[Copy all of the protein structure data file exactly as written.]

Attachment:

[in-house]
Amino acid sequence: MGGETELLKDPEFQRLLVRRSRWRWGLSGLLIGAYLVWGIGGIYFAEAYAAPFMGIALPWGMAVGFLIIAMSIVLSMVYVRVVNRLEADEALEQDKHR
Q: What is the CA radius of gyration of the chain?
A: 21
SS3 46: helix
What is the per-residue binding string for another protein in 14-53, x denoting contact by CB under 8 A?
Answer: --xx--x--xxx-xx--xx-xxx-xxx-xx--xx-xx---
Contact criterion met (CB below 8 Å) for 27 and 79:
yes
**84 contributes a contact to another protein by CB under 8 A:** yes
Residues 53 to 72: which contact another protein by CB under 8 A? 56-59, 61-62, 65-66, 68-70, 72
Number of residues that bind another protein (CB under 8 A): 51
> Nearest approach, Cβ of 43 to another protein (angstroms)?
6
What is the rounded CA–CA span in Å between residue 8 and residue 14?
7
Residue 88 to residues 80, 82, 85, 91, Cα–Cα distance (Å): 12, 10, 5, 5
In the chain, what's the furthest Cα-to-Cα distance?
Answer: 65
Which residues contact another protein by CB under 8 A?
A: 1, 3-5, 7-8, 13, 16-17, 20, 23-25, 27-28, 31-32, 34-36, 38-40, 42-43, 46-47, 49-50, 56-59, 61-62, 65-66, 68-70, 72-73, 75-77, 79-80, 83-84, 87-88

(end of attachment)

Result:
[in-house]
Amino acid sequence: MGGETELLKDPEFQRLLVRRSRWRWGLSGLLIGAYLVWGIGGIYFAEAYAAPFMGIALPWGMAVGFLIIAMSIVLSMVYVRVVNRLEADEALEQDKHR
Q: What is the CA radius of gyration of the chain?
A: 21
SS3 46: helix
What is the per-residue binding string for another protein in 14-53, x denoting contact by CB under 8 A?
Answer: --xx--x--xxx-xx--xx-xxx-xxx-xx--xx-xx---
Contact criterion met (CB below 8 Å) for 27 and 79:
yes
**84 contributes a contact to another protein by CB under 8 A:** yes
Residues 53 to 72: which contact another protein by CB under 8 A? 56-59, 61-62, 65-66, 68-70, 72
Number of residues that bind another protein (CB under 8 A): 51
> Nearest approach, Cβ of 43 to another protein (angstroms)?
6
What is the rounded CA–CA span in Å between residue 8 and residue 14?
7
Residue 88 to residues 80, 82, 85, 91, Cα–Cα distance (Å): 12, 10, 5, 5
In the chain, what's the furthest Cα-to-Cα distance?
Answer: 65
Which residues contact another protein by CB under 8 A?
A: 1, 3-5, 7-8, 13, 16-17, 20, 23-25, 27-28, 31-32, 34-36, 38-40, 42-43, 46-47, 49-50, 56-59, 61-62, 65-66, 68-70, 72-73, 75-77, 79-80, 83-84, 87-88